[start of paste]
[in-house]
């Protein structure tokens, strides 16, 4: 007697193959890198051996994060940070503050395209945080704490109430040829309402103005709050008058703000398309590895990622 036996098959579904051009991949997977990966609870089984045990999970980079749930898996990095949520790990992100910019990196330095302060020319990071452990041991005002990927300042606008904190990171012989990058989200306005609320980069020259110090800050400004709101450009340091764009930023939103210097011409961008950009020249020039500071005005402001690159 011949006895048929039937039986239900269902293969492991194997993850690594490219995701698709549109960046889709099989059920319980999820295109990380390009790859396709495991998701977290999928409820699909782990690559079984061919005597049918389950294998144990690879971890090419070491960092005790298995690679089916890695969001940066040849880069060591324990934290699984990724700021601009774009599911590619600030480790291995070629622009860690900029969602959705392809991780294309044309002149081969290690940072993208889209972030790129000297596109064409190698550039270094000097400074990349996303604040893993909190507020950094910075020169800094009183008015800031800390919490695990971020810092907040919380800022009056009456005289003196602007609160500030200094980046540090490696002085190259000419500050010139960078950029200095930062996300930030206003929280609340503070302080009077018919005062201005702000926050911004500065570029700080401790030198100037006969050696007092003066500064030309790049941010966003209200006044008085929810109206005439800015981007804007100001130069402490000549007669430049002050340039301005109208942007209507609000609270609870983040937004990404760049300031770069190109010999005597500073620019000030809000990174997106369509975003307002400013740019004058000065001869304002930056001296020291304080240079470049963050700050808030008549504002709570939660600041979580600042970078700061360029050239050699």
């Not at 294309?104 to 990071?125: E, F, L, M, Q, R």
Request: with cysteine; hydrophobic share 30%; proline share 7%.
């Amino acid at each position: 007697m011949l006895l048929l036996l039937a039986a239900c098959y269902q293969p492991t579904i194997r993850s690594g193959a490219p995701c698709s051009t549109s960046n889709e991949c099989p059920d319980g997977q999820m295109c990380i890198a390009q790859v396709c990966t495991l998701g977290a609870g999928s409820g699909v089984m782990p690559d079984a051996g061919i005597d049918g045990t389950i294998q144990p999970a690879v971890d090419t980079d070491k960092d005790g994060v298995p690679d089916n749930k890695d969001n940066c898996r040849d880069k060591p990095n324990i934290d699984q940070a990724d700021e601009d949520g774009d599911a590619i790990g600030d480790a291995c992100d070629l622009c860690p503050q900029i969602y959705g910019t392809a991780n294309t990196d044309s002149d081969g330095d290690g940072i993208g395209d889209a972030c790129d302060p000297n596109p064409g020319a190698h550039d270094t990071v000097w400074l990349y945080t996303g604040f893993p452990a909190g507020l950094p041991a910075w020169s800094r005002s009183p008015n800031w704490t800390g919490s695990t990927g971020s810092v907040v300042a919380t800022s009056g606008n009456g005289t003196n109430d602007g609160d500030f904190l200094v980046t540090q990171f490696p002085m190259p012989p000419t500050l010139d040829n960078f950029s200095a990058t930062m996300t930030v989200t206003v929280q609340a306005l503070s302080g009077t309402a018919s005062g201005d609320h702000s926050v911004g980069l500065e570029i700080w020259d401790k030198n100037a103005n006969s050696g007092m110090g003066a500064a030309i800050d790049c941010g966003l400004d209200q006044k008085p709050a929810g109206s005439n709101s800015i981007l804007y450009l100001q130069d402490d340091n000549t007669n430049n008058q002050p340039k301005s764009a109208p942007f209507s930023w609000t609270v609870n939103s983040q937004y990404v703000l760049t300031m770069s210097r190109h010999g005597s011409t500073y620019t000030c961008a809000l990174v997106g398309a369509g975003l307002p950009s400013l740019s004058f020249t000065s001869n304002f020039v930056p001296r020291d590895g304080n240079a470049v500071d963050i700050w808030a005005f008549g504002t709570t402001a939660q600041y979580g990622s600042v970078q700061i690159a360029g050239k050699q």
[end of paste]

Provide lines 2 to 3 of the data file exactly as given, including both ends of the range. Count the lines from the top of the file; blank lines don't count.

């Protein structure tokens, strides 16, 4: 007697193959890198051996994060940070503050395209945080704490109430040829309402103005709050008058703000398309590895990622 036996098959579904051009991949997977990966609870089984045990999970980079749930898996990095949520790990992100910019990196330095302060020319990071452990041991005002990927300042606008904190990171012989990058989200306005609320980069020259110090800050400004709101450009340091764009930023939103210097011409961008950009020249020039500071005005402001690159 011949006895048929039937039986239900269902293969492991194997993850690594490219995701698709549109960046889709099989059920319980999820295109990380390009790859396709495991998701977290999928409820699909782990690559079984061919005597049918389950294998144990690879971890090419070491960092005790298995690679089916890695969001940066040849880069060591324990934290699984990724700021601009774009599911590619600030480790291995070629622009860690900029969602959705392809991780294309044309002149081969290690940072993208889209972030790129000297596109064409190698550039270094000097400074990349996303604040893993909190507020950094910075020169800094009183008015800031800390919490695990971020810092907040919380800022009056009456005289003196602007609160500030200094980046540090490696002085190259000419500050010139960078950029200095930062996300930030206003929280609340503070302080009077018919005062201005702000926050911004500065570029700080401790030198100037006969050696007092003066500064030309790049941010966003209200006044008085929810109206005439800015981007804007100001130069402490000549007669430049002050340039301005109208942007209507609000609270609870983040937004990404760049300031770069190109010999005597500073620019000030809000990174997106369509975003307002400013740019004058000065001869304002930056001296020291304080240079470049963050700050808030008549504002709570939660600041979580600042970078700061360029050239050699």
């Not at 294309?104 to 990071?125: E, F, L, M, Q, R």